“…I take the view that a court would always be entitled to reject a report, even where uncontroverted, which was, literally, a bare ipse dixit, for example if Professor Pennington had produced a one sentence report which simply stated: “In my opinion, on the balance of probabilities Peter Griffiths acquired his gastric illnesses following the consumption of contaminated food or fluid from the hotel”…However, what the court is not entitled to do, where an expert report is uncontroverted, is subject the report to the same kind of analysis and critique as if it was evaluating a controverted or contested report, where it had to decide the weight of the report in order to decide whether it was to be preferred to other, controverting evidence such as an expert on the other side or competing factual evidence. Once a report is truly uncontroverted, that role of the court falls away. All the court needs to do is decide whether the report fulfils certain minimum standards which any expert report must satisfy if it is to be accepted at all…”

So long as an uncontroverted report complies with CPR Part 35, then, and so long as it is not a mere bald assertion of fact, it must be accepted without further criticism or enquiry on the part of the court. It need not set out the chain of reasoning leading to the expert’s conclusion, nor need it deal with any gaps or lacunae in that chain.

The Defendant’s failure to challenge the expert evidence by way of its own expert evidence or by way of cross examination therefore enabled the Claimant to succeed in his claim notwithstanding the brevity of Professor Pennington’s report, and the criticisms made of it by the trial judge:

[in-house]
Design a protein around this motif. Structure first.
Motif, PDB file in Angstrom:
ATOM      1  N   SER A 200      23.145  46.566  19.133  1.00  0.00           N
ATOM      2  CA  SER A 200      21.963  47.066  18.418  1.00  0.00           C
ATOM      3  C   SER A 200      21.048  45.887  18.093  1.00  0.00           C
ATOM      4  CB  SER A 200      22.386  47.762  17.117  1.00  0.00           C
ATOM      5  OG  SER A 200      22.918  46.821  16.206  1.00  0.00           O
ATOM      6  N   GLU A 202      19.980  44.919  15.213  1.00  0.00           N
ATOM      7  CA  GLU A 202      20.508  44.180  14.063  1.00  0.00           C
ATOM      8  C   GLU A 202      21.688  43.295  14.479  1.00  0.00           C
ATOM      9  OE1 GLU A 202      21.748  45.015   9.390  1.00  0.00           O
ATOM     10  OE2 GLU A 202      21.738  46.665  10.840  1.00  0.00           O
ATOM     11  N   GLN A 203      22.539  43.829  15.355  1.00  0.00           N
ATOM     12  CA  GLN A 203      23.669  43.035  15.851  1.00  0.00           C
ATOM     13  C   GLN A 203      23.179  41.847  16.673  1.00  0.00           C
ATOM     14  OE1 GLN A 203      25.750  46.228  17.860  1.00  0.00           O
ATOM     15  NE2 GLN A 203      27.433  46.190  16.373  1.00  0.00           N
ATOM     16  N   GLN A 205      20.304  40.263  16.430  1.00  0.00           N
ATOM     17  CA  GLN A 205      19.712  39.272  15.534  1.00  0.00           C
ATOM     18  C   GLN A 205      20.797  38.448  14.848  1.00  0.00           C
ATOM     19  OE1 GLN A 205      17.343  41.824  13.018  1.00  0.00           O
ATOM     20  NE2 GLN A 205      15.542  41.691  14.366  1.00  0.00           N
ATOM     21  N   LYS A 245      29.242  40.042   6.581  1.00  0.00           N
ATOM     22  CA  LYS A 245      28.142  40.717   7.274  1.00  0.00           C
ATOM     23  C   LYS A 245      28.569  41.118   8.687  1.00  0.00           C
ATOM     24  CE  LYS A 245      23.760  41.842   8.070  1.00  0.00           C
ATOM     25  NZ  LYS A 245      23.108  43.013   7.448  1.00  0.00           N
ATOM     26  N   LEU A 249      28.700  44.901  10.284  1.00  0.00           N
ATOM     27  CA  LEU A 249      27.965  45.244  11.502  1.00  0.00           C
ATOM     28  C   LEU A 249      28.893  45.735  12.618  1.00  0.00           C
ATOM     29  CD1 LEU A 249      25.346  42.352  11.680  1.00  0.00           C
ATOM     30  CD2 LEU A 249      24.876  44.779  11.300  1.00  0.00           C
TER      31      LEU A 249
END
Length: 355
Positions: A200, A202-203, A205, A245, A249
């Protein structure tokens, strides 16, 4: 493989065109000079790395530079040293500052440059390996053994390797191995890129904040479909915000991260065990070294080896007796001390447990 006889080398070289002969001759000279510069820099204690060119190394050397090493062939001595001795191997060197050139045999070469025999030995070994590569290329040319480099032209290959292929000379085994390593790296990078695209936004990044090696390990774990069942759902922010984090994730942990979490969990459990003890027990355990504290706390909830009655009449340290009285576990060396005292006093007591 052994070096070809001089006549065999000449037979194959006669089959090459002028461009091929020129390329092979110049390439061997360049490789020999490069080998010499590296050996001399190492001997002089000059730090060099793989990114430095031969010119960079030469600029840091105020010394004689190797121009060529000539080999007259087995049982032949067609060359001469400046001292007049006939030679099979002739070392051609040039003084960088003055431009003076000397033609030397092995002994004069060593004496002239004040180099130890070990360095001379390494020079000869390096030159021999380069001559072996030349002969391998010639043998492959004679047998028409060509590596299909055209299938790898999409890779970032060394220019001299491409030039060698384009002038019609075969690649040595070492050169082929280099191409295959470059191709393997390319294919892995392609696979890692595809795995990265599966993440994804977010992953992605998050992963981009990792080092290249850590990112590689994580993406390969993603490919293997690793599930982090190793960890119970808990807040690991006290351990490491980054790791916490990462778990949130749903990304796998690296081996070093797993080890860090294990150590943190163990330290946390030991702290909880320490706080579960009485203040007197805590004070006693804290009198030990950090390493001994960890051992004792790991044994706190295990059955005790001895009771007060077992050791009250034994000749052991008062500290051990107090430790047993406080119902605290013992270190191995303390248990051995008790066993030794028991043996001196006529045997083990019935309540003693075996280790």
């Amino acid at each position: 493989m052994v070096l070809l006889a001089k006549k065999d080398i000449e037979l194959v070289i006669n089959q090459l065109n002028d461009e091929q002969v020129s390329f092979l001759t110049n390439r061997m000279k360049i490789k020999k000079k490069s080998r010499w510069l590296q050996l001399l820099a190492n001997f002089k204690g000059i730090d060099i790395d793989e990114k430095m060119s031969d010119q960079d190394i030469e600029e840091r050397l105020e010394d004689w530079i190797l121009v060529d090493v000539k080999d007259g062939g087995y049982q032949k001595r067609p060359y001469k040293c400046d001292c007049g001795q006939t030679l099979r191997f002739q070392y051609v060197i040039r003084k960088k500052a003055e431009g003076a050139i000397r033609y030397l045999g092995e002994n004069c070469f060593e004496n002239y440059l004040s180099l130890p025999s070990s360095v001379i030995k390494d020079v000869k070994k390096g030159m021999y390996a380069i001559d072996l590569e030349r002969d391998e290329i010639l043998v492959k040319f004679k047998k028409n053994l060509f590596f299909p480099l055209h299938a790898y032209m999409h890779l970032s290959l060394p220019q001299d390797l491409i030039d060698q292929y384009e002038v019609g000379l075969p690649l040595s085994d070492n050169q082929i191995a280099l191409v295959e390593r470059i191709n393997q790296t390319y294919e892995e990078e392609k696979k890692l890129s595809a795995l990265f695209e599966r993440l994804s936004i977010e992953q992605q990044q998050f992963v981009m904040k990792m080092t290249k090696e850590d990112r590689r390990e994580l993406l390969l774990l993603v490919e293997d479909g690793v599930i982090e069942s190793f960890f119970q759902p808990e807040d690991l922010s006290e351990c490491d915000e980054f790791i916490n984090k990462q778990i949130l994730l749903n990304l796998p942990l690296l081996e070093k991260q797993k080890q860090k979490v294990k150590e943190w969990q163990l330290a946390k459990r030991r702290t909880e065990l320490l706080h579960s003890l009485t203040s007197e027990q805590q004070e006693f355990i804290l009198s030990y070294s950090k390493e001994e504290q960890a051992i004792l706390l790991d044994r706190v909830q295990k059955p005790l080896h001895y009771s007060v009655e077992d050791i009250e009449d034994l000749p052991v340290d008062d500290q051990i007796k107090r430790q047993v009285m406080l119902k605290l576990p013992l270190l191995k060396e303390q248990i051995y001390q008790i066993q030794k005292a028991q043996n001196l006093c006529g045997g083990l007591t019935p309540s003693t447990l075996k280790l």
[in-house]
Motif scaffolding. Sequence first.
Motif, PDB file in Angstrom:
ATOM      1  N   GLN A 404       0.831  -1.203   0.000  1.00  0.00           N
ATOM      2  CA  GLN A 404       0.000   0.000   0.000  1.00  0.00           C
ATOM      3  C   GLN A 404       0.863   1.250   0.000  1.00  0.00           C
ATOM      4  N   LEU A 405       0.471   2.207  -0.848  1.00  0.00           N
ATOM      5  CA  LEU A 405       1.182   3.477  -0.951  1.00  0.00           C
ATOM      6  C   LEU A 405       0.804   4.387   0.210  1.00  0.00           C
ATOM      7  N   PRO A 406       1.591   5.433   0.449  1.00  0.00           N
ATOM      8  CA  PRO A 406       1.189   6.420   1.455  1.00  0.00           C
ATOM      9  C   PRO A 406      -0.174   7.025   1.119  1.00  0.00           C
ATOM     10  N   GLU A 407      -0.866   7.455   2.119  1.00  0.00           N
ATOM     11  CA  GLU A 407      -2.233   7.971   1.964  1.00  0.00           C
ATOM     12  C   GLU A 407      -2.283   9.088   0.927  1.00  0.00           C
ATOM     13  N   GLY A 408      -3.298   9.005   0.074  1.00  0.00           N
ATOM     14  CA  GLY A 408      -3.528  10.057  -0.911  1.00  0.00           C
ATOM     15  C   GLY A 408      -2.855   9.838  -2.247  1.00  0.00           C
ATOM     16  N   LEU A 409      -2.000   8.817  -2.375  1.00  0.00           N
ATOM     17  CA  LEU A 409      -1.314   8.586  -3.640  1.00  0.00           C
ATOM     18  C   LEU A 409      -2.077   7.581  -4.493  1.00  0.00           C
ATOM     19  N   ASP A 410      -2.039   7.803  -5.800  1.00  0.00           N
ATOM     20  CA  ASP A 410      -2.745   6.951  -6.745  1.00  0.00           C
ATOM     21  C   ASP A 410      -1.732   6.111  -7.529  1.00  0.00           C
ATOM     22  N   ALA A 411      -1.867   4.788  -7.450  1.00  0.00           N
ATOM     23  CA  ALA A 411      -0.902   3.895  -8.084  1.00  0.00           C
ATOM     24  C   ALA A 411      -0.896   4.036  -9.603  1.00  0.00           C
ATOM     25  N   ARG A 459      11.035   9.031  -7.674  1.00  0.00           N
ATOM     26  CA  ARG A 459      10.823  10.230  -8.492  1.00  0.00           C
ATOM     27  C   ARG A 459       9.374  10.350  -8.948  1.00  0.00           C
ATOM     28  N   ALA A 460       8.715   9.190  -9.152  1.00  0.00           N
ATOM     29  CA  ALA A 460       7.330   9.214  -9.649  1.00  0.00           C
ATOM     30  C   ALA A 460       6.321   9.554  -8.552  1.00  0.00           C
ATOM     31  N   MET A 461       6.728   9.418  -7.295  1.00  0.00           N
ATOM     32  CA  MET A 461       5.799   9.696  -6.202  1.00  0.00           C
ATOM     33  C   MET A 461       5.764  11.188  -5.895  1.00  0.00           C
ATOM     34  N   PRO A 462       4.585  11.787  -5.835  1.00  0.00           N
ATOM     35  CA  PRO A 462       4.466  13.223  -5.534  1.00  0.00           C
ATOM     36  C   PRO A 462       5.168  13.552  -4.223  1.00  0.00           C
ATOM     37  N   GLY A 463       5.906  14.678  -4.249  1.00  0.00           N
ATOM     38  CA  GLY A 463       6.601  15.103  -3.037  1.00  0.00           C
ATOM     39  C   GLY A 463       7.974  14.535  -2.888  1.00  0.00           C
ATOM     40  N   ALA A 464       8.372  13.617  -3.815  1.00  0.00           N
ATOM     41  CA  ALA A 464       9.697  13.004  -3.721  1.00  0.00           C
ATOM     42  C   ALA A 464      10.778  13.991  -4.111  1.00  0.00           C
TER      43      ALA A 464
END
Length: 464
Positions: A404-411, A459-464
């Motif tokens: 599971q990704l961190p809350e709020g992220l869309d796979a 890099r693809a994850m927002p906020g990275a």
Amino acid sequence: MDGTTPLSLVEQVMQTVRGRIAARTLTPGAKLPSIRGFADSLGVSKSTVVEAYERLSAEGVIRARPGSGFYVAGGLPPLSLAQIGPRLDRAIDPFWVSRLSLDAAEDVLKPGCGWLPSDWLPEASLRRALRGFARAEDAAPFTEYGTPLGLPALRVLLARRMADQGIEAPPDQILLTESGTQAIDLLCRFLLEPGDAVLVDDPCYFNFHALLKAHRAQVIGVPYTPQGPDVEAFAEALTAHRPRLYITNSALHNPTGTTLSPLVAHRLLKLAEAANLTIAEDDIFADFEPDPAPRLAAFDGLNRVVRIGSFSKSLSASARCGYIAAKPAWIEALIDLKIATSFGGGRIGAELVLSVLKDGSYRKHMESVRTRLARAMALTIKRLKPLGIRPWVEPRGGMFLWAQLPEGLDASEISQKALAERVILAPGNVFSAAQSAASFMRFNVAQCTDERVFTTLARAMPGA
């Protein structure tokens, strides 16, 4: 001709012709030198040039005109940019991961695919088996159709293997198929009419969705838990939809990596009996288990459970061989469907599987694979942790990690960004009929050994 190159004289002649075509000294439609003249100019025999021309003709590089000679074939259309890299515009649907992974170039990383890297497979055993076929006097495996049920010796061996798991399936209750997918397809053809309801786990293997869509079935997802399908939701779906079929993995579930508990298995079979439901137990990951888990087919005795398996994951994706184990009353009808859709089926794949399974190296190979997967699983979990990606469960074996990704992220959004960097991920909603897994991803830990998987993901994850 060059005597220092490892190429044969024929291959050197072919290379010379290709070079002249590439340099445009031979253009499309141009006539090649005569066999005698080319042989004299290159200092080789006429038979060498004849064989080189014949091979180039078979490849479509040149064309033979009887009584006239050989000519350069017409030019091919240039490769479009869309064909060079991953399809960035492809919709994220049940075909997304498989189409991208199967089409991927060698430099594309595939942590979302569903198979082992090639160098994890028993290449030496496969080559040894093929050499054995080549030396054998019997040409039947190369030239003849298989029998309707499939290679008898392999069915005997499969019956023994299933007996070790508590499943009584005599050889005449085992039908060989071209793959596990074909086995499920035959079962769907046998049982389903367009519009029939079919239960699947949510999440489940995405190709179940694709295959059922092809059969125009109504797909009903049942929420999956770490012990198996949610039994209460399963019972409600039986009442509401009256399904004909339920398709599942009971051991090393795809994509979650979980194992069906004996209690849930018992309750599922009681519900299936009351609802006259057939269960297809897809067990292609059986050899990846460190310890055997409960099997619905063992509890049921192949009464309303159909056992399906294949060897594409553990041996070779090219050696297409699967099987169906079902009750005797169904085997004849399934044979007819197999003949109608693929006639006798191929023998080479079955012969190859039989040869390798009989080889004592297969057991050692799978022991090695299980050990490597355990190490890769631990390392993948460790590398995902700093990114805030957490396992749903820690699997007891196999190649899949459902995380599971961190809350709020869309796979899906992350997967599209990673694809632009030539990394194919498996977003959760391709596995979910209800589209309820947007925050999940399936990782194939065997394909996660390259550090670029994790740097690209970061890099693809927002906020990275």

“It may be that, had the Defendant served controverting evidence, Professor Pennington would have expanded upon his reasoning, for example in a meeting of experts, and such reasoning would have found its way into a joint statement. As it turned out, that step never became necessary because the evidence of Professor Pennington stood alone. Nor did the Defendant seek to challenge the reasoning that might have lain behind Professor Pennington’s conclusions by calling for him to be cross-examined, as it had every right to do. In those circumstances, the court must assume that there is some reasoning which lies behind the conclusion which has been reached and summarised, and that this reasoning is not challenged.”

It will be interesting to see whether TUI appeals the decision; it has until 21st September to do so. On the one hand, the decision will affect those thousands of gastric cases in which the Defendant has no expert evidence, but merely relies on criticisms of the Claimant’s expert evidence. On the other, TUI has an unhappy track record in the Court of Appeal, and it may be reticent to revisit what was said in Wood v TUI; the deployment of the obiter dicta relied upon by Her Honour Judge Truman not infrequently leads to claims being dismissed.

On thing is certain: if the decision is not appealed, many more gastric claims are likely to succeed, at least in the short term, whereas if it is, we are likely to be provided with a further explanation and clarification of the evidence necessary to prove causation in this type of claim. These are interesting times.

About the Author

Called to the Bar in 1997, Sarah Prager has been listed in the legal directories as a Band 1 practitioner in travel law for many years. Together with her colleagues at 1 Chancery Lane, Matthew Chapman QC and Jack Harding, she co-writes the leading legal textbook in the area, and has been involved in most of the leading cases in the field in the last decade. She was recently named Best Lawyers’ Travel Lawyer of the Year 2020/2021.

Written by or involving: Sarah Prager